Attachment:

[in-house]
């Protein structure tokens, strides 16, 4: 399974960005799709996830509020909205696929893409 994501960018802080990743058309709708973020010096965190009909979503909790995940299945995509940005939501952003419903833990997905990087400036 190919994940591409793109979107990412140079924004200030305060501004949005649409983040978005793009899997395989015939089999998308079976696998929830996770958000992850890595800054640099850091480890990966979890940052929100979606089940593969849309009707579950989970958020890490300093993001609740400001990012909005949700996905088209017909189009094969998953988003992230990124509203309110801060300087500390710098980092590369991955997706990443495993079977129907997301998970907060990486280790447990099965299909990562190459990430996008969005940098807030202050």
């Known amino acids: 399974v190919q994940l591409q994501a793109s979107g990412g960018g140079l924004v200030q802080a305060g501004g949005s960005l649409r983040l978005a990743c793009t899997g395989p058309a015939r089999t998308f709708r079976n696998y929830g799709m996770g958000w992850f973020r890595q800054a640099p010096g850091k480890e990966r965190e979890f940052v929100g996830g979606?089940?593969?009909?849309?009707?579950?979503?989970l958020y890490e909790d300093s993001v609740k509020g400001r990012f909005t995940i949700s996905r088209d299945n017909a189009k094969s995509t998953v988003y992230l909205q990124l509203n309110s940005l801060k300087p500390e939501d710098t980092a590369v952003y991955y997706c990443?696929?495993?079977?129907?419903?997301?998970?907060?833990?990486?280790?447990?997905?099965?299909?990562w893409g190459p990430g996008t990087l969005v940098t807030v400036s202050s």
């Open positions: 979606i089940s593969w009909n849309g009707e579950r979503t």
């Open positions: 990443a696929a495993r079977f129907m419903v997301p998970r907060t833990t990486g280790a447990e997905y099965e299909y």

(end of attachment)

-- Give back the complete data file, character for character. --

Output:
[in-house]
């Protein structure tokens, strides 16, 4: 399974960005799709996830509020909205696929893409 994501960018802080990743058309709708973020010096965190009909979503909790995940299945995509940005939501952003419903833990997905990087400036 190919994940591409793109979107990412140079924004200030305060501004949005649409983040978005793009899997395989015939089999998308079976696998929830996770958000992850890595800054640099850091480890990966979890940052929100979606089940593969849309009707579950989970958020890490300093993001609740400001990012909005949700996905088209017909189009094969998953988003992230990124509203309110801060300087500390710098980092590369991955997706990443495993079977129907997301998970907060990486280790447990099965299909990562190459990430996008969005940098807030202050």
């Known amino acids: 399974v190919q994940l591409q994501a793109s979107g990412g960018g140079l924004v200030q802080a305060g501004g949005s960005l649409r983040l978005a990743c793009t899997g395989p058309a015939r089999t998308f709708r079976n696998y929830g799709m996770g958000w992850f973020r890595q800054a640099p010096g850091k480890e990966r965190e979890f940052v929100g996830g979606?089940?593969?009909?849309?009707?579950?979503?989970l958020y890490e909790d300093s993001v609740k509020g400001r990012f909005t995940i949700s996905r088209d299945n017909a189009k094969s995509t998953v988003y992230l909205q990124l509203n309110s940005l801060k300087p500390e939501d710098t980092a590369v952003y991955y997706c990443?696929?495993?079977?129907?419903?997301?998970?907060?833990?990486?280790?447990?997905?099965?299909?990562w893409g190459p990430g996008t990087l969005v940098t807030v400036s202050s």
């Open positions: 979606i089940s593969w009909n849309g009707e579950r979503t």
């Open positions: 990443a696929a495993r079977f129907m419903v997301p998970r907060t833990t990486g280790a447990e997905y099965e299909y």